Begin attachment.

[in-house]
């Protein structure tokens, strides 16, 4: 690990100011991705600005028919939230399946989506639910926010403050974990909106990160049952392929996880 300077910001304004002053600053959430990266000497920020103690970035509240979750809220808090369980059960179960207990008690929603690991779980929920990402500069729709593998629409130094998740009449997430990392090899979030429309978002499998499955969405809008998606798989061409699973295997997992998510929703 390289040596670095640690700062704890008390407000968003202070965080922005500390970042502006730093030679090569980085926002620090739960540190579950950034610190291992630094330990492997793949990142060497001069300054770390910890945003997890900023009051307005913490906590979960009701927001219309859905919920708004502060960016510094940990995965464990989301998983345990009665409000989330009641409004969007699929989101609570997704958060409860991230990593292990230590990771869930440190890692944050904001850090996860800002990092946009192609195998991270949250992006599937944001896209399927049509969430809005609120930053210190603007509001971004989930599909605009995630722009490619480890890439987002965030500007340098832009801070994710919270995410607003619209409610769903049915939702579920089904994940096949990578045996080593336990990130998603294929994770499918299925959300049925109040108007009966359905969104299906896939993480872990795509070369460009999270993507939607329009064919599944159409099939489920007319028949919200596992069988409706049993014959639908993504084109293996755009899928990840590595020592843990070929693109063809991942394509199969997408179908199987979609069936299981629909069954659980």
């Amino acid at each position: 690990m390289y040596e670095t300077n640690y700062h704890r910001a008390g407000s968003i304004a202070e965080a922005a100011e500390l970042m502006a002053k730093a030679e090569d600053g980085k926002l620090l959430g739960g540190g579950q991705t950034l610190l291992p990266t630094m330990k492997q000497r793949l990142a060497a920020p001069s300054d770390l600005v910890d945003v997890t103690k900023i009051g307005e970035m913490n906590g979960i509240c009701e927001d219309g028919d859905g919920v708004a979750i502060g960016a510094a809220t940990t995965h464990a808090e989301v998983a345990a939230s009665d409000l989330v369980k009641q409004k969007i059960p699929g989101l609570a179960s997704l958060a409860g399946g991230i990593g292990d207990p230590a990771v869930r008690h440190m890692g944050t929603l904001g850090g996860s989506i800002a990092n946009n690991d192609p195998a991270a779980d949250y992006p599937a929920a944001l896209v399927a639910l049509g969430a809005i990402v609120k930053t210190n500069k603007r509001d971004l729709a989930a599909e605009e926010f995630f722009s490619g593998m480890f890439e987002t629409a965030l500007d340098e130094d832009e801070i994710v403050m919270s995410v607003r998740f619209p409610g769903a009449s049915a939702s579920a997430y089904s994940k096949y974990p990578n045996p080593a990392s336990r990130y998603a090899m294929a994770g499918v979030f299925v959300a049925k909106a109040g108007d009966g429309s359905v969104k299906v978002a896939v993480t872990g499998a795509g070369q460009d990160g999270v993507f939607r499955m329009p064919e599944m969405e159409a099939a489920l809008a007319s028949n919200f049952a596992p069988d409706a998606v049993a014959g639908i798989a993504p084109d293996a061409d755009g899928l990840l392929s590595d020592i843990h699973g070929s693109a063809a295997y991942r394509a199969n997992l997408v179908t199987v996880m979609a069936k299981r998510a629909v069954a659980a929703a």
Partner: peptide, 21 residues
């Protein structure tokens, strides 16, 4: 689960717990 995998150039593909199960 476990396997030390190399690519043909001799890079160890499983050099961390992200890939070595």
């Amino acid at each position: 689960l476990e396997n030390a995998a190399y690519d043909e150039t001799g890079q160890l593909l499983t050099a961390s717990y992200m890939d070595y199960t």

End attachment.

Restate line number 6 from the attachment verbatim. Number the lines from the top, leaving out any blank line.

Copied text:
């Amino acid at each position: 689960l476990e396997n030390a995998a190399y690519d043909e150039t001799g890079q160890l593909l499983t050099a961390s717990y992200m890939d070595y199960t």